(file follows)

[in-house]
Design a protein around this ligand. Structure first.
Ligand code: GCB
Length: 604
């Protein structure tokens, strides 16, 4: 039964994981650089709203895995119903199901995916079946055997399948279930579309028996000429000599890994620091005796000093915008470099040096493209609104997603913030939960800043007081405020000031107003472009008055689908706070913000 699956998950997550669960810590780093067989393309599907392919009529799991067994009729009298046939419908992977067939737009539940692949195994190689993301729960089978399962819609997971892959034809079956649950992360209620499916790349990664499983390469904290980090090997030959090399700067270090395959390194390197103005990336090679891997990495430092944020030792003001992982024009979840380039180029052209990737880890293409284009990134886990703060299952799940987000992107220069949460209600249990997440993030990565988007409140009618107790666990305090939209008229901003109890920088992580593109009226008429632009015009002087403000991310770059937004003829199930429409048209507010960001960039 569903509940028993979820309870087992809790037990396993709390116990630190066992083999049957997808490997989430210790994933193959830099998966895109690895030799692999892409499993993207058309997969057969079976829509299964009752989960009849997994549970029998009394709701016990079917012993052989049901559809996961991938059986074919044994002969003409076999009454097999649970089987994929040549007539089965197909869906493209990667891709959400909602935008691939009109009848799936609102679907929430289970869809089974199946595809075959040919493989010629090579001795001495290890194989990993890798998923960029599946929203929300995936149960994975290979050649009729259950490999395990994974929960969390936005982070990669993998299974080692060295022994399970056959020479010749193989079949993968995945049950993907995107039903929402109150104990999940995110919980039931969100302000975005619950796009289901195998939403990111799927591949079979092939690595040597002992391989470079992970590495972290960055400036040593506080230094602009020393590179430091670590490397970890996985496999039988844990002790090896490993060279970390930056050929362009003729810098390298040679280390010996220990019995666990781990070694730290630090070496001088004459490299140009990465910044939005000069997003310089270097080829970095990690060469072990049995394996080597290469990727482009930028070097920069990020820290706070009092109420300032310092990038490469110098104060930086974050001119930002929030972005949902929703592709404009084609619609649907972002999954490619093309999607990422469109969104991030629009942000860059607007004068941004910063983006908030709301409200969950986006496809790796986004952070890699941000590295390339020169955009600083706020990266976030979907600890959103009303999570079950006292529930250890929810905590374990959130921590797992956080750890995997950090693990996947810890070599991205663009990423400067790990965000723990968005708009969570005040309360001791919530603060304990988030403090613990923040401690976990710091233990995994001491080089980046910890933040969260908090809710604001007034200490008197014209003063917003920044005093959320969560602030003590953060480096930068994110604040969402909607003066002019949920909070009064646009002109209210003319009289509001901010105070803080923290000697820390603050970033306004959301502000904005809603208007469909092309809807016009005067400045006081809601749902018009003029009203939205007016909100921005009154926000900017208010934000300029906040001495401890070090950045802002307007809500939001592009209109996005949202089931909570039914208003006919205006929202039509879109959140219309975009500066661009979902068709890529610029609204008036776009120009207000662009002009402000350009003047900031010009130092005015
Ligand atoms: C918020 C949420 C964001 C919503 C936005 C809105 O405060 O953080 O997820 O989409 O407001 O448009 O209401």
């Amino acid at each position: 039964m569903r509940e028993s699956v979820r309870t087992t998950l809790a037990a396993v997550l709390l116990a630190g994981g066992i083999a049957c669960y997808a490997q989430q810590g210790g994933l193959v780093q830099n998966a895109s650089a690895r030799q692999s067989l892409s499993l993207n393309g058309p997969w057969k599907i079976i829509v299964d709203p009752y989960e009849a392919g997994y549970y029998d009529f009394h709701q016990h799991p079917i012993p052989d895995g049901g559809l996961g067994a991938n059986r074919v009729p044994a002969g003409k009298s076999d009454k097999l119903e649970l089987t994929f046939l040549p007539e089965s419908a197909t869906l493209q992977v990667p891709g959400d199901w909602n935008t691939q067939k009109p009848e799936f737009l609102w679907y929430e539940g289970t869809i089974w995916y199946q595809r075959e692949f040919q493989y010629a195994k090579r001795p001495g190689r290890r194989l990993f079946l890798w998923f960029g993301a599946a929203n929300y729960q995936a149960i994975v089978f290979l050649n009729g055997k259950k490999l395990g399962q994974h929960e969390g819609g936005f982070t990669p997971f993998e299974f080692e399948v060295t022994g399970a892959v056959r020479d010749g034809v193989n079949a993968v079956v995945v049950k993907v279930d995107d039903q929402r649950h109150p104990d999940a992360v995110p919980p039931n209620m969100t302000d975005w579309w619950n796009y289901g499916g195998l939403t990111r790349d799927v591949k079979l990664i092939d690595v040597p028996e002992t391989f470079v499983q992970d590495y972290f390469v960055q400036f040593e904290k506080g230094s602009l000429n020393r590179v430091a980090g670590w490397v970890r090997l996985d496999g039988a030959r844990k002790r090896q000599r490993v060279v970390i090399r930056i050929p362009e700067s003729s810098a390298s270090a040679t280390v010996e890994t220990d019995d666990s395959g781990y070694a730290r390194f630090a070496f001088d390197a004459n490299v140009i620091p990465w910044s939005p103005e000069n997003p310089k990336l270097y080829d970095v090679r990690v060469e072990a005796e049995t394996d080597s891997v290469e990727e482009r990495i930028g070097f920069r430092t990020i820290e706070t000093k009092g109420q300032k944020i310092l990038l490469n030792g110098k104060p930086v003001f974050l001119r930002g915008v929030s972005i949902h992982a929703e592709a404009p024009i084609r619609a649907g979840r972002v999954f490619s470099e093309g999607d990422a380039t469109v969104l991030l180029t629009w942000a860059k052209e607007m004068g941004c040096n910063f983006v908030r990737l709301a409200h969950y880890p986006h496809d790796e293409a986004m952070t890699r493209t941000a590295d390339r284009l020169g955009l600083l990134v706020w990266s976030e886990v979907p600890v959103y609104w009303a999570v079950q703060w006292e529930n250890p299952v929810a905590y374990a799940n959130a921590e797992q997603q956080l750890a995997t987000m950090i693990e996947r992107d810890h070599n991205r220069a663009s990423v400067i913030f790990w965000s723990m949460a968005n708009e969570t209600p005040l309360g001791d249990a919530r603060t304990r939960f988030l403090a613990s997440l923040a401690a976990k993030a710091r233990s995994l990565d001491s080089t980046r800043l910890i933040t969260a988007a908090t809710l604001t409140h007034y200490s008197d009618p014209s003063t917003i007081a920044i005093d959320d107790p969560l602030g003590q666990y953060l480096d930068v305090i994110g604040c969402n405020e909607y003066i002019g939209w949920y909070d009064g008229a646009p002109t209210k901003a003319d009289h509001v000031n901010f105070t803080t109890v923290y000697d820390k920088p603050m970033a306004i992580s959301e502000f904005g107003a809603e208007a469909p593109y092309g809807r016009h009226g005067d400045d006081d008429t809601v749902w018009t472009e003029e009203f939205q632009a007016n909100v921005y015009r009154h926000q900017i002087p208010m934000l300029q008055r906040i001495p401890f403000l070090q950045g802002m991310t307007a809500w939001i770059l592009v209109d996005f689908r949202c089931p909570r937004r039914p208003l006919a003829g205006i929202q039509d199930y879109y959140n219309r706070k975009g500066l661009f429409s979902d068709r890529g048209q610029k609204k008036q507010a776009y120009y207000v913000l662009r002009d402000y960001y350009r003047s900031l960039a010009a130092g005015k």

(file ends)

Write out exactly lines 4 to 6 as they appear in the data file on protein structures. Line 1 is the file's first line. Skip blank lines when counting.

Length: 604
């Protein structure tokens, strides 16, 4: 039964994981650089709203895995119903199901995916079946055997399948279930579309028996000429000599890994620091005796000093915008470099040096493209609104997603913030939960800043007081405020000031107003472009008055689908706070913000 699956998950997550669960810590780093067989393309599907392919009529799991067994009729009298046939419908992977067939737009539940692949195994190689993301729960089978399962819609997971892959034809079956649950992360209620499916790349990664499983390469904290980090090997030959090399700067270090395959390194390197103005990336090679891997990495430092944020030792003001992982024009979840380039180029052209990737880890293409284009990134886990703060299952799940987000992107220069949460209600249990997440993030990565988007409140009618107790666990305090939209008229901003109890920088992580593109009226008429632009015009002087403000991310770059937004003829199930429409048209507010960001960039 569903509940028993979820309870087992809790037990396993709390116990630190066992083999049957997808490997989430210790994933193959830099998966895109690895030799692999892409499993993207058309997969057969079976829509299964009752989960009849997994549970029998009394709701016990079917012993052989049901559809996961991938059986074919044994002969003409076999009454097999649970089987994929040549007539089965197909869906493209990667891709959400909602935008691939009109009848799936609102679907929430289970869809089974199946595809075959040919493989010629090579001795001495290890194989990993890798998923960029599946929203929300995936149960994975290979050649009729259950490999395990994974929960969390936005982070990669993998299974080692060295022994399970056959020479010749193989079949993968995945049950993907995107039903929402109150104990999940995110919980039931969100302000975005619950796009289901195998939403990111799927591949079979092939690595040597002992391989470079992970590495972290960055400036040593506080230094602009020393590179430091670590490397970890996985496999039988844990002790090896490993060279970390930056050929362009003729810098390298040679280390010996220990019995666990781990070694730290630090070496001088004459490299140009990465910044939005000069997003310089270097080829970095990690060469072990049995394996080597290469990727482009930028070097920069990020820290706070009092109420300032310092990038490469110098104060930086974050001119930002929030972005949902929703592709404009084609619609649907972002999954490619093309999607990422469109969104991030629009942000860059607007004068941004910063983006908030709301409200969950986006496809790796986004952070890699941000590295390339020169955009600083706020990266976030979907600890959103009303999570079950006292529930250890929810905590374990959130921590797992956080750890995997950090693990996947810890070599991205663009990423400067790990965000723990968005708009969570005040309360001791919530603060304990988030403090613990923040401690976990710091233990995994001491080089980046910890933040969260908090809710604001007034200490008197014209003063917003920044005093959320969560602030003590953060480096930068994110604040969402909607003066002019949920909070009064646009002109209210003319009289509001901010105070803080923290000697820390603050970033306004959301502000904005809603208007469909092309809807016009005067400045006081809601749902018009003029009203939205007016909100921005009154926000900017208010934000300029906040001495401890070090950045802002307007809500939001592009209109996005949202089931909570039914208003006919205006929202039509879109959140219309975009500066661009979902068709890529610029609204008036776009120009207000662009002009402000350009003047900031010009130092005015
Ligand atoms: C918020 C949420 C964001 C919503 C936005 C809105 O405060 O953080 O997820 O989409 O407001 O448009 O209401």